Many divorcing people – particular those who are also parents — wonder whether they can or should date new people while the divorce is pending.
Legally, “dating,” means one-on-one social contact with another person.
“Don’t hurry to introduce someone new to your kids,” says Aaron Welch, a licensed therapist with The Lifeworks Group in Winter Park, Fla.
Judges rarely punish someone who begins dating – sexually or otherwise – once they have physically separated from their spouse.
Teens are not interested in the new partner giving parenting advice unless they are solicited.
New partners need to learn to ask questions, show interest in the things they do but don’t give advice.
A whole subset of risk arises when child custody is an issue. A parent’s immoral behavior is not one of these criteria; however, it can be of some relevance in a custody case. Dating often leads to accusations of adultery, and sometimes dating leads to actual adultery.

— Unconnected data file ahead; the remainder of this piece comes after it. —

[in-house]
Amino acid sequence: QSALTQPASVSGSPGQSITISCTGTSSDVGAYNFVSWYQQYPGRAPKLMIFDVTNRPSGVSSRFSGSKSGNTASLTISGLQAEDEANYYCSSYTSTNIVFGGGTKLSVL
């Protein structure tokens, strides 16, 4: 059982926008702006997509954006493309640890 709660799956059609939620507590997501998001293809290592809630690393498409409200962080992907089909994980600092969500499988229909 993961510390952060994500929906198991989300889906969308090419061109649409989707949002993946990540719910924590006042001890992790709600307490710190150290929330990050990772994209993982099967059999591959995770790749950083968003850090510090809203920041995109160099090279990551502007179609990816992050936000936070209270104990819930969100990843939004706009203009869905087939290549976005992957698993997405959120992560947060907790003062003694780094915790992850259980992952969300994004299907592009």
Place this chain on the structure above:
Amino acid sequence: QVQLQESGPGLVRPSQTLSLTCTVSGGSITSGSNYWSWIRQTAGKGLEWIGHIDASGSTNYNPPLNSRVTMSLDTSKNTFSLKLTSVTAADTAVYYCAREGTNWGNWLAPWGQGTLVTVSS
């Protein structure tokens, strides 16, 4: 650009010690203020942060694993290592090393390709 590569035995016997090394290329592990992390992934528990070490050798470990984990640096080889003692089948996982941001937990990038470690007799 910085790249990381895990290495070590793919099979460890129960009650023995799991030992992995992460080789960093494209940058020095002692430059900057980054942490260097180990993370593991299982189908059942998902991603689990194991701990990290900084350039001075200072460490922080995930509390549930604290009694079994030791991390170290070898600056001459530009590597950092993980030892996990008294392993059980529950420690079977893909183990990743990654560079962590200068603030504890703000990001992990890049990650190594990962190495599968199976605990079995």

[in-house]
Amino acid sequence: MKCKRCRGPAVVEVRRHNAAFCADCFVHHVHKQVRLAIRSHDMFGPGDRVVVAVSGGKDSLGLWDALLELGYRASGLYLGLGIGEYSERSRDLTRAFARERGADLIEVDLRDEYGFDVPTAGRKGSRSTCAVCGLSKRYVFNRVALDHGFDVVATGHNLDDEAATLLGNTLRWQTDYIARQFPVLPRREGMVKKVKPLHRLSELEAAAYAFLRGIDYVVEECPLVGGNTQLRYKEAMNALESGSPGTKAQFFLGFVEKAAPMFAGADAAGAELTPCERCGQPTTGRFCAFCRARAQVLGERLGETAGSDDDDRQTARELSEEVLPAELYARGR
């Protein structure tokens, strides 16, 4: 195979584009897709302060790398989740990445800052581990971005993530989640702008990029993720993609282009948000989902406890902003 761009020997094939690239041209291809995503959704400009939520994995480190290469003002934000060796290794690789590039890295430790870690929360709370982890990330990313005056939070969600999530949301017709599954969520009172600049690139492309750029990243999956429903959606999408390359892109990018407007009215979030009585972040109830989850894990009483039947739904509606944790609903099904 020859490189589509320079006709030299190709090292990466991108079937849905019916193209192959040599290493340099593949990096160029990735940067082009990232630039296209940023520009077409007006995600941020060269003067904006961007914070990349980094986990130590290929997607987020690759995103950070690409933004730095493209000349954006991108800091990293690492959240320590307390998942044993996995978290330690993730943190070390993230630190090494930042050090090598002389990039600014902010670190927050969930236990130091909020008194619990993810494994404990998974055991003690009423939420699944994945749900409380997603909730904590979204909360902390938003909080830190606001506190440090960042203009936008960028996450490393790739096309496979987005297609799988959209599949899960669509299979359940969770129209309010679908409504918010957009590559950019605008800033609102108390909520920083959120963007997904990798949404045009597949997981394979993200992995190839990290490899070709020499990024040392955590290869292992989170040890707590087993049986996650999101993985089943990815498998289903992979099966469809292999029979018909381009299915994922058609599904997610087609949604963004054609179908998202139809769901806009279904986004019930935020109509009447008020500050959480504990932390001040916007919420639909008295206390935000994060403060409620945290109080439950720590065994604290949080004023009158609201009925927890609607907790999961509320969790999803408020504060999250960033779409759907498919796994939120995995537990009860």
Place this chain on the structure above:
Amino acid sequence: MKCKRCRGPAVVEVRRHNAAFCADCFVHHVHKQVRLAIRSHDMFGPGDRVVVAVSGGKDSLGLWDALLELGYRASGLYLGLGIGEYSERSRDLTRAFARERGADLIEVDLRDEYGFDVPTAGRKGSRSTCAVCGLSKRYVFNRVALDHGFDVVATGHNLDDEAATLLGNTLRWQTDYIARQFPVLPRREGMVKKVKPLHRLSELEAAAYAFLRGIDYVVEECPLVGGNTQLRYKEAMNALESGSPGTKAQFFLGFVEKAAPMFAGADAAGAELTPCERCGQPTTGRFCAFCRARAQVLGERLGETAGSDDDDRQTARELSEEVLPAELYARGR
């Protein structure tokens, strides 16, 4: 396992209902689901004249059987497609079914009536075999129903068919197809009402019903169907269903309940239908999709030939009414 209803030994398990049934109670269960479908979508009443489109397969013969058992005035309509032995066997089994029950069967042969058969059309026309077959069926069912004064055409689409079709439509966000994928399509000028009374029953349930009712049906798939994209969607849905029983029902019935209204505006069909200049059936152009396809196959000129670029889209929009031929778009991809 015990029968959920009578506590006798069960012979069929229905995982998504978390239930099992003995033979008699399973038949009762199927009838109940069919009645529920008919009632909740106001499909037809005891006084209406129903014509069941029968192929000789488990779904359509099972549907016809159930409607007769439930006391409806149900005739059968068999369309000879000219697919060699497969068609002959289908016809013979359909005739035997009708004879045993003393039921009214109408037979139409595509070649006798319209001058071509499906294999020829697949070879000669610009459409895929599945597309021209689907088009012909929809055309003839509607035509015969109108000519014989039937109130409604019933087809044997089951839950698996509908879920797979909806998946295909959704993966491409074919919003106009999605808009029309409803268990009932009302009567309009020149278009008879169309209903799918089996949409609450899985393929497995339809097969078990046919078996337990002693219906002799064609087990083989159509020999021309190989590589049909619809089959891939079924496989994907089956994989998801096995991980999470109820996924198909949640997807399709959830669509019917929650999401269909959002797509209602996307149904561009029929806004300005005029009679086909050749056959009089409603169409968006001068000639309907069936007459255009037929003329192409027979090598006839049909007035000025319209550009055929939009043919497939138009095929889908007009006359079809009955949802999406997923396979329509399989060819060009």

“A parent’s morality, while a proper factor for consideration, is limited in its force to what relevancy it has, either directly or indirectly, to the welfare of the child.” , 343 S. Post-separation adultery can be a major factor in alimony and a small factor in property division. Code § 20-3-130(A), “No alimony may be awarded a spouse who commits adultery before the earliest of these two events: (1) the formal signing of a written property or marital settlement agreement or (2) entry of a permanent order of separate maintenance and support or of a permanent order approving a property or marital settlement agreement between the parties.” Post-separation dating by a supported spouse often leads to an adultery claim being made by the supporting spouse, who wants to be free of the potential alimony claim.
My preference as the attorney is that my clients don’t date until they are divorced (or at least until they have a final order of separate maintenance): a client who doesn’t date is not going to create any dating-related complications in his or her case.